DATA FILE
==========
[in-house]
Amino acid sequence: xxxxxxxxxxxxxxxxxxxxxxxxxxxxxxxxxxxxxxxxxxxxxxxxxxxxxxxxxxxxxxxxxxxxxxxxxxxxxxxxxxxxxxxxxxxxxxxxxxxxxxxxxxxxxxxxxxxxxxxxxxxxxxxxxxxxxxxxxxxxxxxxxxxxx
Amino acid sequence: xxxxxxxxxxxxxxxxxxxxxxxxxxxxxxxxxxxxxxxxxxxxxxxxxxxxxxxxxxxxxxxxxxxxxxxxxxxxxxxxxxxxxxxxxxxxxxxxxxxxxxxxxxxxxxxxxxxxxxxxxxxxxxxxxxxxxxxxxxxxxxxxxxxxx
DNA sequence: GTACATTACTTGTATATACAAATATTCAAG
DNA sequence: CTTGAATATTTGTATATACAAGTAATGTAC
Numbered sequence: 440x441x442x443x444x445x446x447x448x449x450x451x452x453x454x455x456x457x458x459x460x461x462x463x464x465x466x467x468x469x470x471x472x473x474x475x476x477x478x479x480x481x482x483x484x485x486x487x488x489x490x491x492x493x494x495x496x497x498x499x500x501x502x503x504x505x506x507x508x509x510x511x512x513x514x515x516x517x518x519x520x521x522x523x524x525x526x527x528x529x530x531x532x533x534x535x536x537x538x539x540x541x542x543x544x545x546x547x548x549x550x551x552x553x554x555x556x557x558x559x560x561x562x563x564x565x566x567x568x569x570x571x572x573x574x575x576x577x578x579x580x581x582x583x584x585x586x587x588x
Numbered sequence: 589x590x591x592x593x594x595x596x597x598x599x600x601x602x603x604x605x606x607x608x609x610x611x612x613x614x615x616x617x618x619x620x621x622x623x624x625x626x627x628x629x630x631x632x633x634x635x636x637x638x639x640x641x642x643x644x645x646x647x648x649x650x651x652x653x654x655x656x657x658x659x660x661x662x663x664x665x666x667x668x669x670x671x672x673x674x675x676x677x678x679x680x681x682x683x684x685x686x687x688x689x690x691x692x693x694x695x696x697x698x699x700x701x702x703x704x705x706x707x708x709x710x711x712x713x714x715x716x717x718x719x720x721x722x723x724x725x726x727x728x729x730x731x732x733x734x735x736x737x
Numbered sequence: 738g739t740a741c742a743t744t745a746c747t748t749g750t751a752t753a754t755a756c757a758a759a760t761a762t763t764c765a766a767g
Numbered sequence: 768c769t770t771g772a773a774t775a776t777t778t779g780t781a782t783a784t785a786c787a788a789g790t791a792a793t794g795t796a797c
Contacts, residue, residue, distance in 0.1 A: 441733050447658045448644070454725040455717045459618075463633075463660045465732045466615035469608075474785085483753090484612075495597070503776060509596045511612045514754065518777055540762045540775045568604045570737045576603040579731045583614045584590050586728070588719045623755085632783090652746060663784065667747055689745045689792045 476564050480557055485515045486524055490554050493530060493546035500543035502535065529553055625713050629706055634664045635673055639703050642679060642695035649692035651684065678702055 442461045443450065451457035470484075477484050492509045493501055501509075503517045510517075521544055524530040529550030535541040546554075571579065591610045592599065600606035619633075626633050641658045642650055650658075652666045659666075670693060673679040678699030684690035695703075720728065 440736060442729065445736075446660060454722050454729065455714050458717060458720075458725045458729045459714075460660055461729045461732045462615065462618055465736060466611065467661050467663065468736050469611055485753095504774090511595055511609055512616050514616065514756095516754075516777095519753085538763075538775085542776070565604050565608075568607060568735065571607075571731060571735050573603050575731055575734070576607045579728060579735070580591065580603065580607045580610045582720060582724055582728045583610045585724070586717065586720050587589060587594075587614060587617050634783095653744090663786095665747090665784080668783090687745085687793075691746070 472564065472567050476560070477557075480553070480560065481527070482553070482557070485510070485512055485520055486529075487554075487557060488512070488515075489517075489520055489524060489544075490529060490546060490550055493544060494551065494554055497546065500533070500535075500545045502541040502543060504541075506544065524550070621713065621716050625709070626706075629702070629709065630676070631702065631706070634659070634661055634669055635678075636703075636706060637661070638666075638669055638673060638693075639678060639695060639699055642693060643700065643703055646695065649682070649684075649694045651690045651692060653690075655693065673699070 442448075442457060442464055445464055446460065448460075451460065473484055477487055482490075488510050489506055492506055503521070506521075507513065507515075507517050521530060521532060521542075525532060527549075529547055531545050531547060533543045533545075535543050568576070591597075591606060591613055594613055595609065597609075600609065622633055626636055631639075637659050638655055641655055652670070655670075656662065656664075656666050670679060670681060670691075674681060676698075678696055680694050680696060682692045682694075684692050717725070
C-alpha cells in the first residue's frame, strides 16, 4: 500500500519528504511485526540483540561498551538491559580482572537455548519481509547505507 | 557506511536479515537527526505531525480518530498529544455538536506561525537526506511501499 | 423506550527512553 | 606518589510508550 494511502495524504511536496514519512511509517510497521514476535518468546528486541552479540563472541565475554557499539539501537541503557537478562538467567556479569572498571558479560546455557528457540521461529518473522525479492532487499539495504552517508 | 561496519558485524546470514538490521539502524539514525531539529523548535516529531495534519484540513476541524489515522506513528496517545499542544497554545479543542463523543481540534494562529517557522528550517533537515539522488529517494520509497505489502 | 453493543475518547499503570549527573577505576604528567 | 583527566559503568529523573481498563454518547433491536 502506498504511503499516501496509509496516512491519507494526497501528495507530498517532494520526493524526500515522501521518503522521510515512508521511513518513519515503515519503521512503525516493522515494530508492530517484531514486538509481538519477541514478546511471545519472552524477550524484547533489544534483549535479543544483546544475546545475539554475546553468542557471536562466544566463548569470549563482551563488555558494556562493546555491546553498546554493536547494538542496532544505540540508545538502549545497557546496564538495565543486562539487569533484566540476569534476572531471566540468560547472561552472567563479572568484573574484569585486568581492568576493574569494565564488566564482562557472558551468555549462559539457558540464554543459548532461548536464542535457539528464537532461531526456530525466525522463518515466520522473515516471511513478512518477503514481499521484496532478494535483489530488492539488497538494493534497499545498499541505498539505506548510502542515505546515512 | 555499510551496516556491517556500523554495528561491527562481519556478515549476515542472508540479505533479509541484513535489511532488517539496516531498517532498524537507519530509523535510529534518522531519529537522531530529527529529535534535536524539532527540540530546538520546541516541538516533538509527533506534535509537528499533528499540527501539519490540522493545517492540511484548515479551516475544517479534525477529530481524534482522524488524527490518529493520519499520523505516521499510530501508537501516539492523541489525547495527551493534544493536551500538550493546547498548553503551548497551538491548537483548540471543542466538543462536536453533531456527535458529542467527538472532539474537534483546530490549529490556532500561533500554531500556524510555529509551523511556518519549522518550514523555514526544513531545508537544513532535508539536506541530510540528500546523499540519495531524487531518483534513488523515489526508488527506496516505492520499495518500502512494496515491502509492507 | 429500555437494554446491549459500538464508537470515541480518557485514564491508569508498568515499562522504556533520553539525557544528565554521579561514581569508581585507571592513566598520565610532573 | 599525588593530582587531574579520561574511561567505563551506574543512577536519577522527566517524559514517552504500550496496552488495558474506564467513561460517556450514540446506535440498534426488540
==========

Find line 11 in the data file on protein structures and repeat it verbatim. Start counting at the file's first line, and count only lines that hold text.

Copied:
C-alpha cells in the first residue's frame, strides 16, 4: 500500500519528504511485526540483540561498551538491559580482572537455548519481509547505507 | 557506511536479515537527526505531525480518530498529544455538536506561525537526506511501499 | 423506550527512553 | 606518589510508550 494511502495524504511536496514519512511509517510497521514476535518468546528486541552479540563472541565475554557499539539501537541503557537478562538467567556479569572498571558479560546455557528457540521461529518473522525479492532487499539495504552517508 | 561496519558485524546470514538490521539502524539514525531539529523548535516529531495534519484540513476541524489515522506513528496517545499542544497554545479543542463523543481540534494562529517557522528550517533537515539522488529517494520509497505489502 | 453493543475518547499503570549527573577505576604528567 | 583527566559503568529523573481498563454518547433491536 502506498504511503499516501496509509496516512491519507494526497501528495507530498517532494520526493524526500515522501521518503522521510515512508521511513518513519515503515519503521512503525516493522515494530508492530517484531514486538509481538519477541514478546511471545519472552524477550524484547533489544534483549535479543544483546544475546545475539554475546553468542557471536562466544566463548569470549563482551563488555558494556562493546555491546553498546554493536547494538542496532544505540540508545538502549545497557546496564538495565543486562539487569533484566540476569534476572531471566540468560547472561552472567563479572568484573574484569585486568581492568576493574569494565564488566564482562557472558551468555549462559539457558540464554543459548532461548536464542535457539528464537532461531526456530525466525522463518515466520522473515516471511513478512518477503514481499521484496532478494535483489530488492539488497538494493534497499545498499541505498539505506548510502542515505546515512 | 555499510551496516556491517556500523554495528561491527562481519556478515549476515542472508540479505533479509541484513535489511532488517539496516531498517532498524537507519530509523535510529534518522531519529537522531530529527529529535534535536524539532527540540530546538520546541516541538516533538509527533506534535509537528499533528499540527501539519490540522493545517492540511484548515479551516475544517479534525477529530481524534482522524488524527490518529493520519499520523505516521499510530501508537501516539492523541489525547495527551493534544493536551500538550493546547498548553503551548497551538491548537483548540471543542466538543462536536453533531456527535458529542467527538472532539474537534483546530490549529490556532500561533500554531500556524510555529509551523511556518519549522518550514523555514526544513531545508537544513532535508539536506541530510540528500546523499540519495531524487531518483534513488523515489526508488527506496516505492520499495518500502512494496515491502509492507 | 429500555437494554446491549459500538464508537470515541480518557485514564491508569508498568515499562522504556533520553539525557544528565554521579561514581569508581585507571592513566598520565610532573 | 599525588593530582587531574579520561574511561567505563551506574543512577536519577522527566517524559514517552504500550496496552488495558474506564467513561460517556450514540446506535440498534426488540